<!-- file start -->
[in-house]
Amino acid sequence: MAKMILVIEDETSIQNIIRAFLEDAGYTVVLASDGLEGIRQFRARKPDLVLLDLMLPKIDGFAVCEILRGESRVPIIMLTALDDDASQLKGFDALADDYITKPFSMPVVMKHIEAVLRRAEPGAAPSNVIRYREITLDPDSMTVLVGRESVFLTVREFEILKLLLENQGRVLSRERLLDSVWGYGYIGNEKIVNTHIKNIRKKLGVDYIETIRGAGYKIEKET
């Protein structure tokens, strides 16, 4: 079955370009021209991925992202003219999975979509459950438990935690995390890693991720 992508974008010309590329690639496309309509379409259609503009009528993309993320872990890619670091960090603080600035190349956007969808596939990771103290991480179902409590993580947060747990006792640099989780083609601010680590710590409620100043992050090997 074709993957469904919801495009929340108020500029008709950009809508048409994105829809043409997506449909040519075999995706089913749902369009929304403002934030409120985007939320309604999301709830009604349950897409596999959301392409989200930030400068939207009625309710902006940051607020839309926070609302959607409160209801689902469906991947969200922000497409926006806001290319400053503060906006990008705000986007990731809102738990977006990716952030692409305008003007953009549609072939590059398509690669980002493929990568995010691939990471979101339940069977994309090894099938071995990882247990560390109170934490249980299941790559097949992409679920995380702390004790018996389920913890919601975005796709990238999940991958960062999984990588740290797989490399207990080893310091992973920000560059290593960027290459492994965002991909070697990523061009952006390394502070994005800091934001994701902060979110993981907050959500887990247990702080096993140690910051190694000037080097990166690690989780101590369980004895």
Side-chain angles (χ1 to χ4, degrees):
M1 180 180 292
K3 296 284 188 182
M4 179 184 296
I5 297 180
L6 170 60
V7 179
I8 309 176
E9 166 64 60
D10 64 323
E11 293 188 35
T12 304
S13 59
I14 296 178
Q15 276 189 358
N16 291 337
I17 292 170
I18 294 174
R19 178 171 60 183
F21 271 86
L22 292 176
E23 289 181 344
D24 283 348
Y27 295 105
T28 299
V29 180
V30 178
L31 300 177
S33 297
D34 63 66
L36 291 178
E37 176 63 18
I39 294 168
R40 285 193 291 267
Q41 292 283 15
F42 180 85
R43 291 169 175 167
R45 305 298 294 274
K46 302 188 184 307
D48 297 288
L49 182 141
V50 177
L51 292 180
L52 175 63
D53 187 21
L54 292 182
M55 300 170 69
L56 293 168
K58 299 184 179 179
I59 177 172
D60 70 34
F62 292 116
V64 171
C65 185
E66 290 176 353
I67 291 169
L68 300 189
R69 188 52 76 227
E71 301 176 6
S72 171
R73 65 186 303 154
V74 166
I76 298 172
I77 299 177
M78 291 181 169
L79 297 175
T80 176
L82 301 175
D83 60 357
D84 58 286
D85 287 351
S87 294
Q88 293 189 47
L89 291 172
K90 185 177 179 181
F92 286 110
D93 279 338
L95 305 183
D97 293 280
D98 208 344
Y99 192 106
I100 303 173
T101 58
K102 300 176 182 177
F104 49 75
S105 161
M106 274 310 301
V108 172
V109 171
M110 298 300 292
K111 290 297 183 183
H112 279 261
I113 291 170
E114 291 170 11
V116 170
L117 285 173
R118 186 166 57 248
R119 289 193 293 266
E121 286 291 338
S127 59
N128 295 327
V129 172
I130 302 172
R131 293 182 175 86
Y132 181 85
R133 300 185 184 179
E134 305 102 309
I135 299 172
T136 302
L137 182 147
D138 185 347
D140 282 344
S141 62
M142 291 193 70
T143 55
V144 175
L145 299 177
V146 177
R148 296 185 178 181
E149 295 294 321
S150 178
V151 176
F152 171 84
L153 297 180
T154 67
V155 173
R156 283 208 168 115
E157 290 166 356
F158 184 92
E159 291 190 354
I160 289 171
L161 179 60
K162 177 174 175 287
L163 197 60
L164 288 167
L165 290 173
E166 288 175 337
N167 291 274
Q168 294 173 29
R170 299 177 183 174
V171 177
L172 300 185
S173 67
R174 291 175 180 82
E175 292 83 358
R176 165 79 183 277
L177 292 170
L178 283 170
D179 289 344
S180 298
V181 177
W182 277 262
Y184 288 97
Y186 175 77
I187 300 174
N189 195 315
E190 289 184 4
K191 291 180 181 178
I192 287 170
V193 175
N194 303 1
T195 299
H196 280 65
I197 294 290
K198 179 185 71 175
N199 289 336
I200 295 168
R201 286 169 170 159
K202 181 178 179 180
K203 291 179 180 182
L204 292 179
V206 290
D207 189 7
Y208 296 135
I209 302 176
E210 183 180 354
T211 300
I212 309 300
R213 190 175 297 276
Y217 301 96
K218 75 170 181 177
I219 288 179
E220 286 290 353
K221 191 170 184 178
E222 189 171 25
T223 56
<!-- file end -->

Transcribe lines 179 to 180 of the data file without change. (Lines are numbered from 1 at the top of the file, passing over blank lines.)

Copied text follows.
E210 183 180 354
T211 300